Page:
“For Dewey, the pedagogic aspects of progressive education were necessarily linked with the social goals of progressivism…In order to engage in progressive educational practice, museum staff need to keep progressive social aims as well as pedagogic practices foremost in planning both exhibitions and programs.” (Hein, 38)
This is, in fact, Hein’s thesis.
Interrogating Museum Education through the Progressive Lens
Hein interrogates three periods in the history of museum education, Dewey’s predecessors, his contemporaries and his successors, each roughly a century apart. With each Hein examines the progressive aims of individuals and institutions, looking at what the social goals of museum practice. Looking to Dewey’s predecessors, Hein characterizes Charles Wilson Peale as a “proto-progressive” in the early republican period in the United States. Peale established his museum in Philadelphia with an expressly educational mission. In the early years of the American democratic experiment, Peale, and his contemporaries amongst the intellectual elite of Philadelphia, believed that education, and thus the museum, was essential to build and sustain a democracy. Hein argues that “Peale pioneered that notion, reaffirmed by Dewey a century later, that as educational institutions, museums should be in the service of democracy, and should provide education that leads to better informed, critical citizens for a more egalitarian society” (Hein, 66).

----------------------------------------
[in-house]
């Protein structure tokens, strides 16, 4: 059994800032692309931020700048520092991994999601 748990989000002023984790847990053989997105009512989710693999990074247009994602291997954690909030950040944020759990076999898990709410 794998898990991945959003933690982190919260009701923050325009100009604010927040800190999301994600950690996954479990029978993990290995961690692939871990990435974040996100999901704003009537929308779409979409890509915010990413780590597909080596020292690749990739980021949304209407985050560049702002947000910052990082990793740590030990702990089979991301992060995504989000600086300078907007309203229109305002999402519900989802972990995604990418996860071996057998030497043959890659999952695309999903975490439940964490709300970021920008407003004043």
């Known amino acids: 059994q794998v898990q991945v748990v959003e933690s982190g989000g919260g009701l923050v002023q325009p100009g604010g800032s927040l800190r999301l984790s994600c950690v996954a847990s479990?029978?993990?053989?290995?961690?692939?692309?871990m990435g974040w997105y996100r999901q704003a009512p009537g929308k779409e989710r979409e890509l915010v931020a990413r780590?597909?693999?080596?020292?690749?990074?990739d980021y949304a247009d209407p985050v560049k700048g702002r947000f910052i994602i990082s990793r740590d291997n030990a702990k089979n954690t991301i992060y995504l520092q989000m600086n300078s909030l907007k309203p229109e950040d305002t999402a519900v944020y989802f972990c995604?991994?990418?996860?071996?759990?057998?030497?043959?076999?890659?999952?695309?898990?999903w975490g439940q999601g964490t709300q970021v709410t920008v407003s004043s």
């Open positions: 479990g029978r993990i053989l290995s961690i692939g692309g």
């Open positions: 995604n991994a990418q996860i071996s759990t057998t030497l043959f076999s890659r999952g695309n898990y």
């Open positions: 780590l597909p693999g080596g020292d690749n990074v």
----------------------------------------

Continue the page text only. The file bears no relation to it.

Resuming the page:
A century later, Dewey and his contemporaries in the progressive movement, saw education and museums as integral components to ameliorate social problems growing out of increased industrialization, urbanization and immigration. Hein highlights the pioneering work of John Cotton Dana, Louise Connolly, Anna Billings Gallup and Laura Mary Bragg. While Dana’s work is relatively well known today, Hein brings forth the work of these three women and reveals our professional heritage as passionate and driven social radicals. Each woman, in her own way, sought to make museums more accessible to a broad public and responsive to their communities through integrated mission driven programs.